The Cape of Good Hope remained nominally under British rule until the formation of the Union of South Africa in 1910, when it became the Province of the Cape of Good Hope, better known as the Cape Province.



Tallis Map of the Cape Colony, 1850.

The districts of the colony in 1850 were:

  • Clanwilliam
  • The Cape
  • Stellenbosch
  • Zwellendam
  • Tulbagh/Worcester
  • Beaufort
  • George
  • Uitenhague
  • Albany
  • Victoria
  • Somerset
  • Graaf Reynet
  • Colesberg


1904 CensusEdit

Population Figures for the 1904 Census. Source:[23]

Population group Number Percent
Black 1,424,787 59.12
White 579,741 24.05
Coloured 395,034 16.39
Asian 10,242 0.42
Total 2,409,804 100.00

See alsoEdit



  1. ^ Dutch was the sole official language until 1822, when the British officially replaced Dutch with English.[24] Dutch was reincluded as a second official language in 1882.
  2. ^ Penguin Islands and Walvis Bay
  3. ^ Basutoland was annexed to the Cape Colony in 1871, before becoming a Crown colony in 1884. See "Lesotho: History". The Commonwealth. Retrieved 8 November 2017.


  1. ^ a b Wilmot & Chase 1869, p. 268.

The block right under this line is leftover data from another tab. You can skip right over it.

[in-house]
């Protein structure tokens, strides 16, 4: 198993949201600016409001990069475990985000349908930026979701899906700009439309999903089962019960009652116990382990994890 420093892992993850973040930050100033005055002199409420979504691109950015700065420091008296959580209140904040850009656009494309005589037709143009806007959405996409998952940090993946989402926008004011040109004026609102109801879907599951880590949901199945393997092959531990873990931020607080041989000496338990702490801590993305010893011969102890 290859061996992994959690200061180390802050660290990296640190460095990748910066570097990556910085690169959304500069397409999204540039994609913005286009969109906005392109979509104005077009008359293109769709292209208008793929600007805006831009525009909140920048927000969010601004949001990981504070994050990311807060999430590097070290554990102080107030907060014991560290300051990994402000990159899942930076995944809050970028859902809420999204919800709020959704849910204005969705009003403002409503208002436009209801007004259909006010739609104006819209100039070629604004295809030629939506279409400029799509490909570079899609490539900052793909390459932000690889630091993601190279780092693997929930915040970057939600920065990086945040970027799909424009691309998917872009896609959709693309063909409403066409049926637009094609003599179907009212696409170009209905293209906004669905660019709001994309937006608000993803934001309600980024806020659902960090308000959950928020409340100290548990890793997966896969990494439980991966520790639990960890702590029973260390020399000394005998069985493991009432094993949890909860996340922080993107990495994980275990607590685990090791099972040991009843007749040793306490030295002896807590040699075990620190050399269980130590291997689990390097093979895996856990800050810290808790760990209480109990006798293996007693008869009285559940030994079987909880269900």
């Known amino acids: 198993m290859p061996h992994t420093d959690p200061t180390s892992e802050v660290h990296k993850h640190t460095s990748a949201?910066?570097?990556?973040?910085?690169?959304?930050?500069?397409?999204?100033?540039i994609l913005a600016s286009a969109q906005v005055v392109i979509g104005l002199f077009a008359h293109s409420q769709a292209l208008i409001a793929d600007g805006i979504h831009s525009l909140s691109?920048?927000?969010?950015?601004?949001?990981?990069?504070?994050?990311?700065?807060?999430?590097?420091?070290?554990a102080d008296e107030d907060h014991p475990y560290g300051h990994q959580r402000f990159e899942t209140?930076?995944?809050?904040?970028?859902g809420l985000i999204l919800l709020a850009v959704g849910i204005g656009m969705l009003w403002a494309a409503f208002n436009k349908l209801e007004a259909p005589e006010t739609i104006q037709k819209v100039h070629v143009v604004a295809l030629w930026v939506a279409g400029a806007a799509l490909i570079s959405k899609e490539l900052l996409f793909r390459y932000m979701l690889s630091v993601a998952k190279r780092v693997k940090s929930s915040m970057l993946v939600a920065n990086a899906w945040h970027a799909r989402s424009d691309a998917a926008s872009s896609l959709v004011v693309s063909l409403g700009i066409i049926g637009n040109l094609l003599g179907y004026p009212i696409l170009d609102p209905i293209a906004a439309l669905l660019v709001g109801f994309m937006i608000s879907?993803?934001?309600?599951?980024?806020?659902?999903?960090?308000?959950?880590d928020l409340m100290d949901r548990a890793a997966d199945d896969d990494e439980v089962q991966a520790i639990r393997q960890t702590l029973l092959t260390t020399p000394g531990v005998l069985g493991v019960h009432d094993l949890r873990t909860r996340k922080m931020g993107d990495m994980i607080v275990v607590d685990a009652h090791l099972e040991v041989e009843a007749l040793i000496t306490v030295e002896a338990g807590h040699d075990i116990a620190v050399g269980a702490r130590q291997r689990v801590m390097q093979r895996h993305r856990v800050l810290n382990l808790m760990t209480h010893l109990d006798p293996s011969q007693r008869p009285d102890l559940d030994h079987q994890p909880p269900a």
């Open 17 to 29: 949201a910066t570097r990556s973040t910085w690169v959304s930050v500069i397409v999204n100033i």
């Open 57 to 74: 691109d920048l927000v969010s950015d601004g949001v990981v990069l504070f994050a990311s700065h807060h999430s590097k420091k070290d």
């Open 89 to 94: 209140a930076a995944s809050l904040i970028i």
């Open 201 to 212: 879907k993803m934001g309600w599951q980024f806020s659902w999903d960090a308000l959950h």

2. ^ Cape of Good Hope 1866, p. 11.
  3. ^ Heese 1971, p. 15.
  4. ^ Keltie & Epstein 1920, p. 222.
  5. ^ a b Hunt 2005, pp. 13–15.
  6. ^ Parthesius 2010.
  7. ^ Lucas 2004, pp. 29–33.
  8. ^ Worden 2010, pp. 94–140.
  9. ^ Lambert 2009, pp. 32–34.
  10. ^ Mbenga & Giliomee 2007, pp. 59–60.
  11. ^ Ward 2009, pp. 322–342.
  12. ^ Greaves 2013, pp. 36–35.
  13. ^ a b Stapleton 2010, pp. 4–6.
  14. ^ Worden 2010, pp. 40–43.
  15. ^ Lloyd 1997, pp. 201–206.
  16. ^ Cana 1911.
  17. ^ Meredith 2007, p. 1.
  18. ^ Evans 1993, p. 576.
  19. ^ Oakes 1992.
  20. ^ Parsons 1993.
  21. ^ Dugard 2006, p. 136.
  22. ^ Ziegler 2008.
  23. ^ Hancock 1962, p. 219.
  24. ^ Farlam 2001, pp. 87–88.


Further readingEdit

  • Beck, Roger B. (2000). The History of South Africa. Westport, CT: Greenwood. ISBN 0-313-30730-X
  • Davenport, T. R. H., and Christopher Saunders (2000). South Africa: A Modern History, 5th ed. New York: St. Martin's Press. ISBN 0-312-23376-0.